Priti Patel backs ad campaign that criticises Facebook’s stance on end-to-end encryption

Priti Patel backs ad campaign that criticises Facebook’s stance on end-to-end encryption

Priti Patel backs ad campaign that criticises Facebook's stance on end-to-end encryption

According to media reports, British Home Secretary Priti Patel is backing a new ad campaign that will accuse Facebook of “blindfolding” police investigations into child sex abuse.

What has Facebook done to warrant the attention? It has introduced the option for Facebook Messenger calls and video chats to be end-to-end encrypted – just like Facebook Messenger text chats have been since 2016…

…and just like the chats you have on Signal, Wire, and FaceTime are too.

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Priti Patel is just the latest in a long line of British politicians to rail against encrypted messaging, arguing that it makes it harder for the police and intelligence agencies to catch paedophiles, drug barons, and terrorists.

Patel’s predecessors have even tried to argue that “real people” don’t want secure communications.

But if you weaken end-to-end encrypted messaging by creating backdoors for intelligence agencies or police to monitor communications, you don’t make life less safe for the criminals. You make it less safe for everyone.

Indeed, all a criminal would do is use another service that does provide end-to-end encryption, or create their own service beyond the reach of the authorities and impervious to any ad campaign backed by Priti Patel.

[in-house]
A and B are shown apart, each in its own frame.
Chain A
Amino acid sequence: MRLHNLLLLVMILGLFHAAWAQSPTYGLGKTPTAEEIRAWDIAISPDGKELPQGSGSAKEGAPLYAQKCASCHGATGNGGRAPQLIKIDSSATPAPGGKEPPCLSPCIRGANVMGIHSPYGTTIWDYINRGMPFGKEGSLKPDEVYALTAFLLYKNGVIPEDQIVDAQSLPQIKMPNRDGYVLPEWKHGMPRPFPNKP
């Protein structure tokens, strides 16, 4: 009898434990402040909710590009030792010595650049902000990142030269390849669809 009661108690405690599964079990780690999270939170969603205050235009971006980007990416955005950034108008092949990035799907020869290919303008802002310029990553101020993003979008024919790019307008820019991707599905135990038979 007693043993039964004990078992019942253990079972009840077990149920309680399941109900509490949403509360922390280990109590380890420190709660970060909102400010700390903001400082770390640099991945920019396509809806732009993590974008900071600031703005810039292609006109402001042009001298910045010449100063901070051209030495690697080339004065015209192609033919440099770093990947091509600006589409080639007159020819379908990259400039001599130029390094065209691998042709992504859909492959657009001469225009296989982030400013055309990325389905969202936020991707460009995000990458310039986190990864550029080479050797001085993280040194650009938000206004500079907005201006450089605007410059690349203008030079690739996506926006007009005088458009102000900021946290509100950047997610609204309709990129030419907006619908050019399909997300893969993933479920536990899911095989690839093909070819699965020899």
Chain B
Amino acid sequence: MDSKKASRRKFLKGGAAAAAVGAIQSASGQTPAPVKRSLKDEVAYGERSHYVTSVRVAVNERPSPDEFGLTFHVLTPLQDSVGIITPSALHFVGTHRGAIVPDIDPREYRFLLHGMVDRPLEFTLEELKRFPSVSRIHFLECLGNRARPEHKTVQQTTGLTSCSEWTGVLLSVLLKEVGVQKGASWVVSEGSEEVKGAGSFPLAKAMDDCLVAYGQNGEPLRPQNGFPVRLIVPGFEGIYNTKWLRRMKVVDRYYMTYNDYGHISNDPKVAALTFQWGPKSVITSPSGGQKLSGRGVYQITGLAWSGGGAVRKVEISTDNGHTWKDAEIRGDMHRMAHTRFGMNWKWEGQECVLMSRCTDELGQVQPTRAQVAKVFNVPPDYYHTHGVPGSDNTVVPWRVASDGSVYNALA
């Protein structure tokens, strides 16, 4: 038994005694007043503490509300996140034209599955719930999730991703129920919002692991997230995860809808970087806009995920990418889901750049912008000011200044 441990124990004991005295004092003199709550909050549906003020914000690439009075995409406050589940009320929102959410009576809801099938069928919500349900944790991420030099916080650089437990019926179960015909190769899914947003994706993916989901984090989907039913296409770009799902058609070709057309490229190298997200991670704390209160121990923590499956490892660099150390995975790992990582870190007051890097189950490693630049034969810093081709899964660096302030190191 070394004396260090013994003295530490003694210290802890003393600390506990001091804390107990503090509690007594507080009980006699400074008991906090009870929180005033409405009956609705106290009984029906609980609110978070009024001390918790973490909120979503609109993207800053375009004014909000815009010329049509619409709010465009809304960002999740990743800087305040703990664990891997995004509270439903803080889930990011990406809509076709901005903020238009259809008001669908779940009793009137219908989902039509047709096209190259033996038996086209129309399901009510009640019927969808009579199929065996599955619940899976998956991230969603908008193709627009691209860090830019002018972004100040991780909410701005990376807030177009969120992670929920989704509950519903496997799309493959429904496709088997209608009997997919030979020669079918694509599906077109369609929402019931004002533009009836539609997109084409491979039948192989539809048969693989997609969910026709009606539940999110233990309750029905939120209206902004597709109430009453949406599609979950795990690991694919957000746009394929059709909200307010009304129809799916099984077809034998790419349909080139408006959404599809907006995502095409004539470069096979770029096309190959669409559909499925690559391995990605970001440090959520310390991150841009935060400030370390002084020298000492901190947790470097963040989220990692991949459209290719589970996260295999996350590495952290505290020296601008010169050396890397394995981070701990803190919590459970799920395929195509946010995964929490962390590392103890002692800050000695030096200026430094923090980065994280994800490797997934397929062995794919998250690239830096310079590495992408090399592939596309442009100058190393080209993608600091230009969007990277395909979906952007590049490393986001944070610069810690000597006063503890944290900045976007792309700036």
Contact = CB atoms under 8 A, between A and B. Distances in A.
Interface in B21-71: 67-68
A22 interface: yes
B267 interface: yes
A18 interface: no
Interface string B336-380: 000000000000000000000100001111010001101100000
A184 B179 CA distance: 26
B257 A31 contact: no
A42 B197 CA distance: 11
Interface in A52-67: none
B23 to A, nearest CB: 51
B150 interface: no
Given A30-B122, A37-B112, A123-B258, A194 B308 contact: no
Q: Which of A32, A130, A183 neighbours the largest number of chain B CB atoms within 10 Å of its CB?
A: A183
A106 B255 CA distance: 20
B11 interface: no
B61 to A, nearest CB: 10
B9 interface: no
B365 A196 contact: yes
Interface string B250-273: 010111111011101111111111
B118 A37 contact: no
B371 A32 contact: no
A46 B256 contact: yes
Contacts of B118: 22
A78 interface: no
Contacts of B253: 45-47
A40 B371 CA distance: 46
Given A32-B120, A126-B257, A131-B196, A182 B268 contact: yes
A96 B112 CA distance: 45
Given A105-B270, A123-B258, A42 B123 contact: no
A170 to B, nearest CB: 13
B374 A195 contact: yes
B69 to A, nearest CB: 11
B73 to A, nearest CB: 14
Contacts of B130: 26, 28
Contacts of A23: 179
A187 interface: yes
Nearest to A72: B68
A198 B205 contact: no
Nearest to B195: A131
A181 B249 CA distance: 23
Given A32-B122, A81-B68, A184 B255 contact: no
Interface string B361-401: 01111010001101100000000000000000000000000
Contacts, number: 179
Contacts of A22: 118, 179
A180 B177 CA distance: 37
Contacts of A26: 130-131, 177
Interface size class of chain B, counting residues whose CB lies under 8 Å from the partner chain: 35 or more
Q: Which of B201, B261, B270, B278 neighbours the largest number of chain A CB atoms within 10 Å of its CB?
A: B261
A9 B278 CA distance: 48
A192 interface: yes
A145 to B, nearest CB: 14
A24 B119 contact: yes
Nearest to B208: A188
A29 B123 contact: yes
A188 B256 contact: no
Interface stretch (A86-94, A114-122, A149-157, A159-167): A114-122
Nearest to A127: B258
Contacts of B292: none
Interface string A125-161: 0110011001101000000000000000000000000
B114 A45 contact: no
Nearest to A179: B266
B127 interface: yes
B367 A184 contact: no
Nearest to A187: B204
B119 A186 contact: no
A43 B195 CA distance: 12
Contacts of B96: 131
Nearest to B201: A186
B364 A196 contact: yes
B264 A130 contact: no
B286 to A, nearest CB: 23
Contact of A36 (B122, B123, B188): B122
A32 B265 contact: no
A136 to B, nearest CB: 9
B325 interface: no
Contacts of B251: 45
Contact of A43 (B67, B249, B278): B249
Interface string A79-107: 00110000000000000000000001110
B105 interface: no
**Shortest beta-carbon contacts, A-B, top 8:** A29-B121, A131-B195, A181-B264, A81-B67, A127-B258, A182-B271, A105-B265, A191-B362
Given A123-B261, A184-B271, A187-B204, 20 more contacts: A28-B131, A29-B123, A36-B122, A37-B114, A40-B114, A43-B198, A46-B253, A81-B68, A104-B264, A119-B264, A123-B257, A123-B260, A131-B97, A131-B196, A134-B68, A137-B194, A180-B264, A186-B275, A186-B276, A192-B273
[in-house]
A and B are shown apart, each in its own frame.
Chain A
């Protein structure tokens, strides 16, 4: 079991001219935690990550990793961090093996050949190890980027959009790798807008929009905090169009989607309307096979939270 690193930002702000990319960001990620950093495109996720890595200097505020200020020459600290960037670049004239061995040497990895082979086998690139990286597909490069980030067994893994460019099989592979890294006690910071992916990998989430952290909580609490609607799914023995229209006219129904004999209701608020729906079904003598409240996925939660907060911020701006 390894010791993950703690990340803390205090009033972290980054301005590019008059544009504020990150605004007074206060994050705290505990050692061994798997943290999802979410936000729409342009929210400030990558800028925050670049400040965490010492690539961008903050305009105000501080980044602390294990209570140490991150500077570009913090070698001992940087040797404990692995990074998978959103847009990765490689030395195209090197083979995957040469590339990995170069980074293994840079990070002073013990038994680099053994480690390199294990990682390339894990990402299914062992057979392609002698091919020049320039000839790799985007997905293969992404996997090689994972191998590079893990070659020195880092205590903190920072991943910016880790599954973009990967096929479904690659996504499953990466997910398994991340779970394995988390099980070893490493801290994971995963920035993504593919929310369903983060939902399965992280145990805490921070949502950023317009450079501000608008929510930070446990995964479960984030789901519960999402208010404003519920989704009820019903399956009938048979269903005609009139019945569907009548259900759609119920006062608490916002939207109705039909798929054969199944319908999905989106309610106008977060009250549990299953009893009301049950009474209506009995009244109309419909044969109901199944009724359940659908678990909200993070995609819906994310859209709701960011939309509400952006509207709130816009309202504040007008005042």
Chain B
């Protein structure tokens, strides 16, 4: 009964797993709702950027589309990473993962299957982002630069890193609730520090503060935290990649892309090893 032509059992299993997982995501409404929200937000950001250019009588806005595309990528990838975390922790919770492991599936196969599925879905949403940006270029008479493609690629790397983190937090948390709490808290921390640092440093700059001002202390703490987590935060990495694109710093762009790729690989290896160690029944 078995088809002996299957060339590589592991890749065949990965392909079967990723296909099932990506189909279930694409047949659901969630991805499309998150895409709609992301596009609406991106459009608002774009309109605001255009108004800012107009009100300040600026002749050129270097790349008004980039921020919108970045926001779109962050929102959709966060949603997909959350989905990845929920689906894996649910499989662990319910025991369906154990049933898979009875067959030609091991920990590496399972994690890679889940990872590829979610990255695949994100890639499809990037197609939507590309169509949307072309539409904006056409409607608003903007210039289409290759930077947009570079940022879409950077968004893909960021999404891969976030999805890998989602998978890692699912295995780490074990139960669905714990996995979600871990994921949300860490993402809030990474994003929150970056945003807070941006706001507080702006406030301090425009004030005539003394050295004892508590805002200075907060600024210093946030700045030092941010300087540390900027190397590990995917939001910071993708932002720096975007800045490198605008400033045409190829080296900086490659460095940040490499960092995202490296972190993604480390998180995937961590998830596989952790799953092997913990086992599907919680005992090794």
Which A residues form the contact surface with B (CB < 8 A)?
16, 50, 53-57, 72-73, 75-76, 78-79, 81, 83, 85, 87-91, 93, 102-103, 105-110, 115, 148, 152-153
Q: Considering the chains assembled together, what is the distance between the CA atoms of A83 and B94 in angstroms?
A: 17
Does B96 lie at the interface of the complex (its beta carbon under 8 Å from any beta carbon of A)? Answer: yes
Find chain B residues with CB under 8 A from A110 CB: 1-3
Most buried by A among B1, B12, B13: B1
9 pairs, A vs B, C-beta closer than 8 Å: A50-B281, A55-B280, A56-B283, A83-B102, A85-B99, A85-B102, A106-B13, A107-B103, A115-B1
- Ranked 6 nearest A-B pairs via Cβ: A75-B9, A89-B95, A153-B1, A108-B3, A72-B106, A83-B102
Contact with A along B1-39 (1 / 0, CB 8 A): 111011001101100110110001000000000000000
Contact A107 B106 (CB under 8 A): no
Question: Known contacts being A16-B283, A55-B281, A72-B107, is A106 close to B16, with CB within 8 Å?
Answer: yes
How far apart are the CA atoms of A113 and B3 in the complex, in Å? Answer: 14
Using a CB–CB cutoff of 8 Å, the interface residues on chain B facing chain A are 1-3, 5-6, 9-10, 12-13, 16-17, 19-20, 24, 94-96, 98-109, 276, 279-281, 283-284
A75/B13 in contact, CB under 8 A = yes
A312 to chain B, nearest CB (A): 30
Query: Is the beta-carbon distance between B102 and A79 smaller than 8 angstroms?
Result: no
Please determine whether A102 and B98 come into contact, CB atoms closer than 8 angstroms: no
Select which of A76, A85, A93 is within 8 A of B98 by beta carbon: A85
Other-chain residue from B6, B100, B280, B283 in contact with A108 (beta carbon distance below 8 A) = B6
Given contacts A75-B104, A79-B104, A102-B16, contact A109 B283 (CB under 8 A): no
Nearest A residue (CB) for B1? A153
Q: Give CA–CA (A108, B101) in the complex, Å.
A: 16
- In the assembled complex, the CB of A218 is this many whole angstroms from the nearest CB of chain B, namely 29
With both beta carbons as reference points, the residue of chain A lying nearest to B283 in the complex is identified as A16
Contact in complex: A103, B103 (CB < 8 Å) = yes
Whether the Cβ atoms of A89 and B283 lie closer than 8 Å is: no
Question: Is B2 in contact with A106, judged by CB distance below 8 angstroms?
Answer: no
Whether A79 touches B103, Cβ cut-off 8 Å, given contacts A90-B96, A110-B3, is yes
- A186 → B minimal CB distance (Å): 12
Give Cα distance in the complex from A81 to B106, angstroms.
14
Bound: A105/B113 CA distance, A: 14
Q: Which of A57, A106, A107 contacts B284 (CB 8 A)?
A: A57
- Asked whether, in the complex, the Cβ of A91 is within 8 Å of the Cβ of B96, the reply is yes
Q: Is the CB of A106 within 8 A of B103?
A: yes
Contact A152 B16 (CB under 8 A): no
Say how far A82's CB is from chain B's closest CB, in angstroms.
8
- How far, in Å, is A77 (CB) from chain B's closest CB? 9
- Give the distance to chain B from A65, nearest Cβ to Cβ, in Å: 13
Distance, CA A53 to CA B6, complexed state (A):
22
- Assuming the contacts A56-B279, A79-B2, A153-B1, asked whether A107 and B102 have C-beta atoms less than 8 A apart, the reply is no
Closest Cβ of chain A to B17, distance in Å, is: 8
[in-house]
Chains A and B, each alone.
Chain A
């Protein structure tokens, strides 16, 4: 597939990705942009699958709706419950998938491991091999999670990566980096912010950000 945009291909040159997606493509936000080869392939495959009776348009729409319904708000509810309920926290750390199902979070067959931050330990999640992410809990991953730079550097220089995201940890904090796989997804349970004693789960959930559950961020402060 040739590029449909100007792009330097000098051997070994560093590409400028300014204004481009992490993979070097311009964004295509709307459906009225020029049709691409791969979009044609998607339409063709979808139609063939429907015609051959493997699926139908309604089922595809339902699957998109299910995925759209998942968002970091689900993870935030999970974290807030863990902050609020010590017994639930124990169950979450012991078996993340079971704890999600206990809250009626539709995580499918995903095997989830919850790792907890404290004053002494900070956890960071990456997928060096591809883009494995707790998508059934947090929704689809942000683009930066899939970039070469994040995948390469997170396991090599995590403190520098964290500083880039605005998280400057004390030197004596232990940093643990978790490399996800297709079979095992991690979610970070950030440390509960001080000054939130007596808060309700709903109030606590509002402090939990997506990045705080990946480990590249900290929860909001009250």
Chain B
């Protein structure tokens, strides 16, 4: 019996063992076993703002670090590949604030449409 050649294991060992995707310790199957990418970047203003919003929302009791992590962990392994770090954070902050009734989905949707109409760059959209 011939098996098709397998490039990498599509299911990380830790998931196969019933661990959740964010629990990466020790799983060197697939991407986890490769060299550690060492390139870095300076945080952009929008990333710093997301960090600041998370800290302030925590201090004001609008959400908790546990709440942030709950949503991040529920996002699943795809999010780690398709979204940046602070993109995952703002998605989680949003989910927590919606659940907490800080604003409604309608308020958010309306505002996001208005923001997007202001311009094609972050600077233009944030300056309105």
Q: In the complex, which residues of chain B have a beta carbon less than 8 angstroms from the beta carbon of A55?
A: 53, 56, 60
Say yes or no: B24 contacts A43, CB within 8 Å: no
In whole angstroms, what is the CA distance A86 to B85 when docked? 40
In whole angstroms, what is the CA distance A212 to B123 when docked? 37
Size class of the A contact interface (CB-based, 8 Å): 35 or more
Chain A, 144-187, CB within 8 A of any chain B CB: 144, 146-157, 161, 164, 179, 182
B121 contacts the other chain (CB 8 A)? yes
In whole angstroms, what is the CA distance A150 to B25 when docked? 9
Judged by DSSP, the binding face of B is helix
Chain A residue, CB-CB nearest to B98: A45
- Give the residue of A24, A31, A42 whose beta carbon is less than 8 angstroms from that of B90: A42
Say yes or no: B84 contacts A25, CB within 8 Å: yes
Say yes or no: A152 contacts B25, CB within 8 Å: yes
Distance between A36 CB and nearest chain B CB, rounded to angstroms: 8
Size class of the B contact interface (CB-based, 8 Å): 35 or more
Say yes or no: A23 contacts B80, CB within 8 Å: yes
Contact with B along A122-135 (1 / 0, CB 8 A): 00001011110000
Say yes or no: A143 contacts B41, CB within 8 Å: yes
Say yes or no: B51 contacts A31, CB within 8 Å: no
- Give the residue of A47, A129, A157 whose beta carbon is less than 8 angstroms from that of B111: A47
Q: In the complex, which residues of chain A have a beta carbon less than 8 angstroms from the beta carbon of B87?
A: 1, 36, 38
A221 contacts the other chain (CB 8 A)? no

Encryption isn’t a bad thing, it’s a good thing. Encryption protects our privacy from hackers and organised criminals. It defends our bank accounts, our shopping, our identities. It saves the lives of human rights activists working against oppressive regimes.

Journalist James Ball summed up in a tweet the idiocy of being anti-encryption:

We shouldn’t be looking for ways to weaken or outlaw encrypted communications. If anything, we should be encouraging their wider use.

I’m no fan of Facebook. I think it is, in many ways, ghastly. But I welcome anything they do to harden the security and privacy of their users.

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Graham Cluley is a veteran of the anti-virus industry having worked for a number of security companies since the early 1990s when he wrote the first ever version of Dr Solomon’s Anti-Virus Toolkit for Windows. Now an independent security analyst, he regularly makes media appearances and is an international public speaker on the topic of computer security, hackers, and online privacy.

Follow him on Twitter at @gcluley, or drop him an email.

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